Astronomers traced the source of a series of puzzling bursts of radio waves, which last just milliseconds, to a dwarf galaxy more than 3 billion light years away.
Duncan Larimer, who was the first astronomer to discover such signals in 2007 (but was not involved in the current study) called the findings “a pretty huge result” in an interview with Washington Post.
What’s special about the waves is that they repeat and seem to be very powerful. So far 18 of them have been recorded but scientists estimate there could be up to 10,000 of them a day. They flare with the power of about 500 million suns, travel very long distances, and can be used to study spaces between galaxies.
“These radio flashes must have enormous amounts of energy to be visible from over 3 billion light-years away,” said Shami Chatterjee, Cornell University’s senior research associate in astronomy and lead author of the paper on the new findings.
The dishes of the Karl G. Jansky Very Large Array are seen making the first-ever precision localization of a Fast Radio Burst, and thereby pointing the way to the host galaxy of FRB121102. Credit: Danielle Futselaar (www.artsource.nl)
Because the signals are short and noticed after the fact, they are quite hard to study. The scientists used the world’s most powerful telescopes and much detective work to pinpoint the source of these “fast radio bursts” or FRBs. After capturing an FRB in 2012 at the Arecibo Observatory in Puerto Rico and finding the general area of its location, astronomers looked at that part of space via the larger Karl G. Jansky Very Large Array in New Mexico, and finally zeroed in on it via the Gemini optical telescope in Hawaii.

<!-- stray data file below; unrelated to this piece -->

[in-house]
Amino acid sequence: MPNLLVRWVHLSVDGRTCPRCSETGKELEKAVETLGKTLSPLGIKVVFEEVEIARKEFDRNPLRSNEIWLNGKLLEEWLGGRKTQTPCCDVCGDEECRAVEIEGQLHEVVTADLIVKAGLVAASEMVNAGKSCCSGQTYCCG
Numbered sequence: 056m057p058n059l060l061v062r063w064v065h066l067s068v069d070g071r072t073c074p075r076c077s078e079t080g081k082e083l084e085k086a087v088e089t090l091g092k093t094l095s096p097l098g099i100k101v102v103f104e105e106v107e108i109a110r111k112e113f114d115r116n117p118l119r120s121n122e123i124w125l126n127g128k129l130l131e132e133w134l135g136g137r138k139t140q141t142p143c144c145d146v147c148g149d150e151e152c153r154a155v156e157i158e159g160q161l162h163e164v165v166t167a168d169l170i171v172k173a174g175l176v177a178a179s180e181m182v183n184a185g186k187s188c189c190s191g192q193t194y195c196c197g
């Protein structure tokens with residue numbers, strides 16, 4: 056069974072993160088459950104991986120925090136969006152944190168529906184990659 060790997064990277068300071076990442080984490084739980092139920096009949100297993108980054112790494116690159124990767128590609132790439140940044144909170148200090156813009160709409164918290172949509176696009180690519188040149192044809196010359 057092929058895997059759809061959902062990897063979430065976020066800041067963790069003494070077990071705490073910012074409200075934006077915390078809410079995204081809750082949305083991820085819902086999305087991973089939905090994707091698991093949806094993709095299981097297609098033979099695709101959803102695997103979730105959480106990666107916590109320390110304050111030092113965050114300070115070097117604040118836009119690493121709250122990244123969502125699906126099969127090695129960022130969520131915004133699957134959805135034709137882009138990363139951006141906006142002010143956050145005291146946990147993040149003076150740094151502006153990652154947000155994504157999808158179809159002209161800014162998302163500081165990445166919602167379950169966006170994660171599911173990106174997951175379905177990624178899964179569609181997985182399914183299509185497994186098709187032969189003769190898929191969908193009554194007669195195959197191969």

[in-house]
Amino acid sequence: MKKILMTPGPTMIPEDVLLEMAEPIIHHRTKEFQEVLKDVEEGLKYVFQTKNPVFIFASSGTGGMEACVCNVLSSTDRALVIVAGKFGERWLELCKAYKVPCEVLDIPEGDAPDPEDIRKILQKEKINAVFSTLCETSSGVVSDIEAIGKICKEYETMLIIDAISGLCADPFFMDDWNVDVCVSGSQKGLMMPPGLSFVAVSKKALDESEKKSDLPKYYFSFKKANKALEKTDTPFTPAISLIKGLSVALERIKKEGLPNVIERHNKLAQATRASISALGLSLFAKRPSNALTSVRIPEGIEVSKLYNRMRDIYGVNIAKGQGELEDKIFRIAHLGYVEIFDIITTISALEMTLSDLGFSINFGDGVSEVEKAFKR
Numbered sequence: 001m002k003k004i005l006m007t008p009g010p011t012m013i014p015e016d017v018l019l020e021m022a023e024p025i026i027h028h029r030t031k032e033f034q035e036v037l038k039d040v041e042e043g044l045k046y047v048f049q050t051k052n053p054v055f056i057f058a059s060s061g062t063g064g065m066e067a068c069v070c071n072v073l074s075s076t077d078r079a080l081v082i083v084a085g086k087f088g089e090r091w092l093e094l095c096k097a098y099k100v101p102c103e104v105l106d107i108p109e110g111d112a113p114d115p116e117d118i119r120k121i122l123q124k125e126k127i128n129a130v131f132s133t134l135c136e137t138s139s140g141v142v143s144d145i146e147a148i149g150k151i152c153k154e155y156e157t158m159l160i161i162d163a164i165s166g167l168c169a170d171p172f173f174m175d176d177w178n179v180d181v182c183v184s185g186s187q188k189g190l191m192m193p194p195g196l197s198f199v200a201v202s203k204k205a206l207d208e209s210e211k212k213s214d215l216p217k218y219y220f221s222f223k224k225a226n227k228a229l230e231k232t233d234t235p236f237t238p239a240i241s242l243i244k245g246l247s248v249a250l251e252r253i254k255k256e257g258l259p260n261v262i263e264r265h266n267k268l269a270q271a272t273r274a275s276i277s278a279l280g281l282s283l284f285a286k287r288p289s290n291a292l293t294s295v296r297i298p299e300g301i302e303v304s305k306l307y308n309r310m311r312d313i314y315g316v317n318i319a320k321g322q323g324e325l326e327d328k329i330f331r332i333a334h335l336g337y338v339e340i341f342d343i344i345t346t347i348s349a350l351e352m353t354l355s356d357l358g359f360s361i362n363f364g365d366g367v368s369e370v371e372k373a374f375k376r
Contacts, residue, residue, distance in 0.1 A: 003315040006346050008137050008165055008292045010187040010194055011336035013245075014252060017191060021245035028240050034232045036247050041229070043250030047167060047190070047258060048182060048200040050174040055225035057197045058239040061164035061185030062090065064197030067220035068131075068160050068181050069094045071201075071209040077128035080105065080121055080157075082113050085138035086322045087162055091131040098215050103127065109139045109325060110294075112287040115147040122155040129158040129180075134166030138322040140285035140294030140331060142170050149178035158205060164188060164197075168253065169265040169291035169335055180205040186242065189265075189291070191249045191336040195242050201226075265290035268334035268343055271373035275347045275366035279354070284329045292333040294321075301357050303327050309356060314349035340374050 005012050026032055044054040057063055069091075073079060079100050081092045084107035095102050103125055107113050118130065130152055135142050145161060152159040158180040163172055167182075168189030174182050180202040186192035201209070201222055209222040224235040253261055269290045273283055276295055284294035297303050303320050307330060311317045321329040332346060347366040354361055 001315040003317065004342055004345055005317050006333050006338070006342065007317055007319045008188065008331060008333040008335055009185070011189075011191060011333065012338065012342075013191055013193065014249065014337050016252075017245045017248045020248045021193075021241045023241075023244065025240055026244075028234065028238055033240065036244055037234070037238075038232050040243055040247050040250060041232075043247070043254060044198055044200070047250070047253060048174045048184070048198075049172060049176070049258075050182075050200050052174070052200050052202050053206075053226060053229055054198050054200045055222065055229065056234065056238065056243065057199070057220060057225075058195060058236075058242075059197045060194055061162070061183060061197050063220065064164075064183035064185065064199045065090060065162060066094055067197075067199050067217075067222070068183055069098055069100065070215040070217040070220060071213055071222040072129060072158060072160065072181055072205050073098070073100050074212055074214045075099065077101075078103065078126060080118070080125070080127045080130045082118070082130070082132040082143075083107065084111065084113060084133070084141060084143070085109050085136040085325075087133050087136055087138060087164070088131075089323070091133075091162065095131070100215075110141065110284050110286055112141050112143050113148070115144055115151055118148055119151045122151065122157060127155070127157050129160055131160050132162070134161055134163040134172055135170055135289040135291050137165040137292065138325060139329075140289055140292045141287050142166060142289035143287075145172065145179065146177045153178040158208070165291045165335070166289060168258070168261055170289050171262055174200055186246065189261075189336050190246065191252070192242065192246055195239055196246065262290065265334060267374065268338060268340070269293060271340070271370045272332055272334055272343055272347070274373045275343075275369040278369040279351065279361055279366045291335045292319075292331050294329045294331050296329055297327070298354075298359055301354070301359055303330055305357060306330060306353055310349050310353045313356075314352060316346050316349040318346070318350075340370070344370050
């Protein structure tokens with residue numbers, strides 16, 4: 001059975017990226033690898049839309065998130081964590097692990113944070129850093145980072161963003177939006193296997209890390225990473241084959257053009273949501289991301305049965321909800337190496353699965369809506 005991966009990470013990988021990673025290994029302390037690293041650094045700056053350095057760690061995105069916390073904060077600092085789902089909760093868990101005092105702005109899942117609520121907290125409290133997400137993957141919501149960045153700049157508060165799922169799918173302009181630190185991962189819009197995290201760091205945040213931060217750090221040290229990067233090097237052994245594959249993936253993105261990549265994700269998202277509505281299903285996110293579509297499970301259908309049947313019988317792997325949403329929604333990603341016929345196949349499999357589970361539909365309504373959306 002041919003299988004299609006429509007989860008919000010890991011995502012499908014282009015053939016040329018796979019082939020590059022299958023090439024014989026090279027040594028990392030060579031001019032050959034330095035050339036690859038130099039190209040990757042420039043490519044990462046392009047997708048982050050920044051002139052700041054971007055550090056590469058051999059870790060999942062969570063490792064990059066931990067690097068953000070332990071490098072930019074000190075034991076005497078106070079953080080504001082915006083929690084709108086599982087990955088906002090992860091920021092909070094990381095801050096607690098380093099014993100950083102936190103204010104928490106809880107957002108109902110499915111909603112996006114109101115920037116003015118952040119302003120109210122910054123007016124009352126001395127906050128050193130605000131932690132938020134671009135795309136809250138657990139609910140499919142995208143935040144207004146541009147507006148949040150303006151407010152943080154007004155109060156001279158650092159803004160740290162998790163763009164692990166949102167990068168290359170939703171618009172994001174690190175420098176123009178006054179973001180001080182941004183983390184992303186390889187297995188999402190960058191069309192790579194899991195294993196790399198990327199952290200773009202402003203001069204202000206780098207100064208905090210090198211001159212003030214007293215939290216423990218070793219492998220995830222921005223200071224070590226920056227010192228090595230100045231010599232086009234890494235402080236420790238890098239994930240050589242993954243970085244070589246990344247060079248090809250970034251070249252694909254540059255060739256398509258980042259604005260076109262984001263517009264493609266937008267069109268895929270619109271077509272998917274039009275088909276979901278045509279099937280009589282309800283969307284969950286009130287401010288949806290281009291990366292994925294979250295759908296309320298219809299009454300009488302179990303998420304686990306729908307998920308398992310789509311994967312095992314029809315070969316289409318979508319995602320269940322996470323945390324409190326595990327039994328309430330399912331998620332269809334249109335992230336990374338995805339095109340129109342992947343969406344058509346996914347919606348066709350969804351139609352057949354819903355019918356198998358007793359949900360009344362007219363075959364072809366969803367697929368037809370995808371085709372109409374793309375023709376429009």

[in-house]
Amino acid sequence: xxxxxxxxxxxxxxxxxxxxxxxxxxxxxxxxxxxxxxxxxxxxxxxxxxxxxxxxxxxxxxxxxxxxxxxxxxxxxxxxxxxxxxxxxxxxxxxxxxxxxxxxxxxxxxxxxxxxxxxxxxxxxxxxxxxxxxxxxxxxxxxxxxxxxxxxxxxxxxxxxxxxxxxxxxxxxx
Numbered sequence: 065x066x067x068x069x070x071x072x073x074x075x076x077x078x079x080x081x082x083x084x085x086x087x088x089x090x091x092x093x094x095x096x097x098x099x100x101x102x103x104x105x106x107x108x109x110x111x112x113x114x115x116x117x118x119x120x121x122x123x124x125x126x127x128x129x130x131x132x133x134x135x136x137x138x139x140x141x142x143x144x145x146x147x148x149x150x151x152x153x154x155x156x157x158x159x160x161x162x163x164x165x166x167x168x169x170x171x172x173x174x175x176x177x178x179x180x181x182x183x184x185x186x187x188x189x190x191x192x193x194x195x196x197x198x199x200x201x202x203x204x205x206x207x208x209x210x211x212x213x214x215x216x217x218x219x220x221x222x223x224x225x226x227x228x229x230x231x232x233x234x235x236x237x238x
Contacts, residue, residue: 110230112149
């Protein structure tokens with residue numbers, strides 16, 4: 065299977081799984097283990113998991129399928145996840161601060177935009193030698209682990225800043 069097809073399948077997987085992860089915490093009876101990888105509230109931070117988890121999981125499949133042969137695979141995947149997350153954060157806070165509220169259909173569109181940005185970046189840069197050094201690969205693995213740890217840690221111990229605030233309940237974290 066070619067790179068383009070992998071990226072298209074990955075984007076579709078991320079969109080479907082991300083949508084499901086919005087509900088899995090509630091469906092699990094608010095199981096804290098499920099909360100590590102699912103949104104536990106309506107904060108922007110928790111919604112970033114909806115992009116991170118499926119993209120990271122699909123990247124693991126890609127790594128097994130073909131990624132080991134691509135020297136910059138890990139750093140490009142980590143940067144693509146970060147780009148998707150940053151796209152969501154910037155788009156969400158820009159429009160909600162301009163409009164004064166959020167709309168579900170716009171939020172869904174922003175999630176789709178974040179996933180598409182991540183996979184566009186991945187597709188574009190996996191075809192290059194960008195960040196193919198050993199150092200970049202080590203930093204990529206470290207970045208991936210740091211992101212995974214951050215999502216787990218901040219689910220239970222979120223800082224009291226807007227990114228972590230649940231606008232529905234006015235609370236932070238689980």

“With the Gemini telescope, this optical blob looks like a faint, faint, faint galaxy – and this faint, fuzzy blob corresponds with, smack onto, the radio source,” said Chatterjee.
A composite image of the field around FRB 121102. The dwarf galaxy from where the radio bursts originate is circled in red. (Gemini Observatory/AURA/NRC)
This discovery certainly begs the question of what is making the signals. The host galaxy appears to be quite small, in fact, a hundred times lighter than the mass of the Milky Way.
The paper’s co-author Casey Law, astronomer from UC Berkeley put their findings in perspective:
“We are the first to show that this is a cosmological phenomenon. It’s not something in our backyard. And we are the first to see where this thing is happening, in this little galaxy, which I think is a surprise,” Law said. “Now our objective is to figure out why that happens.”
Shami Chatterjee’s offered possible explanations:
“We think it may be a magnetar – a newborn neutron star with a huge magnetic field, inside a supernova remnant or a pulsar wind nebula – somehow producing these prodigious pulses,” said Chatterjee. “Or, it may be an active galactic nucleus of a dwarf galaxy. That would be novel. Or, it may be a combination of those two ideas – explaining why what we’re seeing may be somewhat rare.”
Here's an artist's rendering of what a magnetar might look like:
But, really, could it be aliens? Chatterjee thinks there’s probably a more prosaic reason:
“We’ve joked about spaceship battles and death stars blowing up, but we think we can explain it with ordinary physics,” said the astronomer.
Cover photo: The globally distributed dishes of the European VLBI Network are linked with each other and the 305-m William E. Gordon Telescope at the Arecibo Observatory in Puerto Rico. Together they have localized FRB121102's exact position within it's host galaxy. Credit: Danielle Futselaar (www.artsource.nl)